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Cape Fear

This film begins with one of the most heavy-handed title sequences in recent memory, proceeds to a narrator who is both unappealing and, frankly, a twit, and then hands off the baton to Max Cady (Robert De Niro). Whenever it is enraptured by Cady's words, the film blooms and glows. We first meet the tattooed back of him (with truth and justice as captions) before an "eight-by-nine" library of a jail cell. On his wall hang pictures of mustached dictators that we would all do well to forget, as well as law books with stipulations and codes that he justifiably cannot. "What about your books, Cady?" asks a guard as he struts out of the Georgia State Correctional Facility and into our camera, literally ramming it with his ground teeth. "Already read 'em," he replies coolly. He has had all the time in the world – fourteen years, to be precise. And it is clear to absolutely every viewer of Cape Fear that after spending a third of his life in lockup, Max Cady is now on a mission.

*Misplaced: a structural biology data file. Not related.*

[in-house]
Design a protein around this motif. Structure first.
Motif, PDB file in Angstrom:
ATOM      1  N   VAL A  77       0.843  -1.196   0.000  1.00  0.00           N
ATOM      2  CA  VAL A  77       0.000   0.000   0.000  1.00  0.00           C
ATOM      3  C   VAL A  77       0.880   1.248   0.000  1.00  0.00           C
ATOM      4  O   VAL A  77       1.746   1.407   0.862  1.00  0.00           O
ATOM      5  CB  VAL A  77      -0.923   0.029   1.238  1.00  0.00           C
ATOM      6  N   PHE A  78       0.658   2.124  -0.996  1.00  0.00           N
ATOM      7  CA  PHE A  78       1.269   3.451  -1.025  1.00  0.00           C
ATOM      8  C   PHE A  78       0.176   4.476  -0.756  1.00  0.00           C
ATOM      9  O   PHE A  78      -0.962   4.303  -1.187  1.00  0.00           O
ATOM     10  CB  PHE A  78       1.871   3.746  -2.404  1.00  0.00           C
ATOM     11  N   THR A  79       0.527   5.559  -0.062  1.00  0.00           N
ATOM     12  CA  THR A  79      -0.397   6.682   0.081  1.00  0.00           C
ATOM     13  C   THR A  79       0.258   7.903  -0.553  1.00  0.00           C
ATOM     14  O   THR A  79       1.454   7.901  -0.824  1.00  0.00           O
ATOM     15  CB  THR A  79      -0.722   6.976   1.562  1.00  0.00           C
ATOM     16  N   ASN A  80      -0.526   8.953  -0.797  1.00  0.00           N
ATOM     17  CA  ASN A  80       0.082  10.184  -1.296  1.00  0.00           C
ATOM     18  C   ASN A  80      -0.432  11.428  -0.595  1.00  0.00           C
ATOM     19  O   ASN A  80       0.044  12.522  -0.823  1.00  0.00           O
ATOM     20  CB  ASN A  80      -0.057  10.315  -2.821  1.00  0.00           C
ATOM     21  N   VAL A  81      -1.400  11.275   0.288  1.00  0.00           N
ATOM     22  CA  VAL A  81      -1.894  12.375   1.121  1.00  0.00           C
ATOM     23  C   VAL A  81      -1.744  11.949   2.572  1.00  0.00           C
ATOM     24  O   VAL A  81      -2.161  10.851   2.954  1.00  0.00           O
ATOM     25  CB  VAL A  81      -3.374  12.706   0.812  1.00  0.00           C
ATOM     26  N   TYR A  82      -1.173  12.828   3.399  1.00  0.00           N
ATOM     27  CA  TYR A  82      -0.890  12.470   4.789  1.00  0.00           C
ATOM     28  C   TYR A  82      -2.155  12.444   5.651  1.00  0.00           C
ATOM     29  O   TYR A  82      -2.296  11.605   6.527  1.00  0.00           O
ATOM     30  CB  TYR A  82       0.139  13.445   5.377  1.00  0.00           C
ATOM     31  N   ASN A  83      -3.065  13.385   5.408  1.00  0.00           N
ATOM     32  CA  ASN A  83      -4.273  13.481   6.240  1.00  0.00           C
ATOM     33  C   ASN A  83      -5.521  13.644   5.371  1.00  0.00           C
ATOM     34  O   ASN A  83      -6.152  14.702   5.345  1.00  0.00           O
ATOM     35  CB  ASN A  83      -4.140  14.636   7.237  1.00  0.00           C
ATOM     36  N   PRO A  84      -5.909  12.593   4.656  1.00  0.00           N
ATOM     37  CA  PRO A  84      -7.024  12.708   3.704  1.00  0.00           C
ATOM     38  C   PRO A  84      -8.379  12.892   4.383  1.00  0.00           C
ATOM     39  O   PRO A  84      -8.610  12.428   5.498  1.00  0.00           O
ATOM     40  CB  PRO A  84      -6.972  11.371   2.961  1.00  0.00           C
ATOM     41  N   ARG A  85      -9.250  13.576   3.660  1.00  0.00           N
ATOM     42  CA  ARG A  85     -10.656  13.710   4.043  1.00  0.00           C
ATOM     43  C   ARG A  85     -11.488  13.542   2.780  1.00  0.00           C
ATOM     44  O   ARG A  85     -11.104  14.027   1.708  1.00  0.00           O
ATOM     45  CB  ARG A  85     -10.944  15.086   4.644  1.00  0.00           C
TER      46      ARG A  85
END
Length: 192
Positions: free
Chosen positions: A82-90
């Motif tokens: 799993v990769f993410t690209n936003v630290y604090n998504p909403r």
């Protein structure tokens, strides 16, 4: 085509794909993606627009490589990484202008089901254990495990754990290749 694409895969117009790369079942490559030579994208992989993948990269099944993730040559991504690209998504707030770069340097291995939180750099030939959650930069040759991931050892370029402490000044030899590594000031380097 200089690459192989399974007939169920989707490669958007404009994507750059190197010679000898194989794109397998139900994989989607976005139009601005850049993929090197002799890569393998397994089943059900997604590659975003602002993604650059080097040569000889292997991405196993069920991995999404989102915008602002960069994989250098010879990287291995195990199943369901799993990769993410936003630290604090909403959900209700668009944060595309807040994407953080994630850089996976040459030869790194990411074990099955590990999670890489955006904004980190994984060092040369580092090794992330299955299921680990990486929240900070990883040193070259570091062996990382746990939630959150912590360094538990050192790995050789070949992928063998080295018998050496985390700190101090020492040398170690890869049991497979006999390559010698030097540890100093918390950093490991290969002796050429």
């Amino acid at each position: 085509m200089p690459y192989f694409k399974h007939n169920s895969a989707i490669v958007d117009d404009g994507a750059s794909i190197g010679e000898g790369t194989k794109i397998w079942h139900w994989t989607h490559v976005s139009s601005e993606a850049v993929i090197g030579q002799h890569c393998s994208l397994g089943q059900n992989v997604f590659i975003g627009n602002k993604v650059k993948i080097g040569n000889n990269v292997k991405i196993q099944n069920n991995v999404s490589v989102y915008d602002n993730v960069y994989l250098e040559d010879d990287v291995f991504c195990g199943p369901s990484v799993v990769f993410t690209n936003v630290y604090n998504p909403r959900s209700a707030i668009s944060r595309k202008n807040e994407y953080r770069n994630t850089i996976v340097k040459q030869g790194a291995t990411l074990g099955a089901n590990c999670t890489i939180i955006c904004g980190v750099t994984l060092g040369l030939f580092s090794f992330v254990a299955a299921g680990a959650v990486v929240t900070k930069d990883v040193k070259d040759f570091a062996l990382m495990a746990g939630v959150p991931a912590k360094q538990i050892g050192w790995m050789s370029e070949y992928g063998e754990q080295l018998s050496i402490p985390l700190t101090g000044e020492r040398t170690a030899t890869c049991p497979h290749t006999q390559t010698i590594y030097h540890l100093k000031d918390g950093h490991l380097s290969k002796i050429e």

That mission will take us to New Essex, North Carolina, that type of sleepy little town that tends to harbor the wickedest of secrets. It will also introduce us to the Bowdens, "Slippery" Sam (Nick Nolte, who has never looked quite so slick and unpleasant), an attorney, Leigh (Jessica Lange), a designer, and their only child, fifteen-year-old Danielle (Juliette Lewis). Even from the opening vignettes, one has the impression that the Bowdens have seen far unhappier times. Too many of their words seem weighed as if they were all striving not to exceed some invisible boundaries of pain. Lange, for example, is made to look as dowdy as is possible for a woman of her attractiveness (my childhood awe of her in this film has never dissipated). This otherwise inexplicable move serves two purposes: mother and daughter gain a passing resemblance and Sam's roving eye seems extenuated. One June evening a family outing to the movies is tarnished by the maniacal laughs of Cady, who happens to be enjoying a cigar (the camera caresses his bikinied lighter) only a couple of rows in front of them. Our cigar-smoking hyena never even turns to address the indignant requests so Sam orders his clan to decamp. When Danielle eggs on her father in that way we all have of taking pride in those who protect us ("Dad, you should have punched him out"), Sam espies an opportunity for a parental lesson in non-violence. Yet it is precisely here – as if to undermine Sam's credentials as a domestic lawgiver – that Leigh chuckles that Sam should be used to "fighting dirty," a comment at which he takes umbrage.  As he goes to pay for their after-movie snack, however, Sam is informed that "everything's been taken care of." The caretaker? The fellow with the cigar glowering at them from the red convertible in the parking lot. But that person and his car are now gone.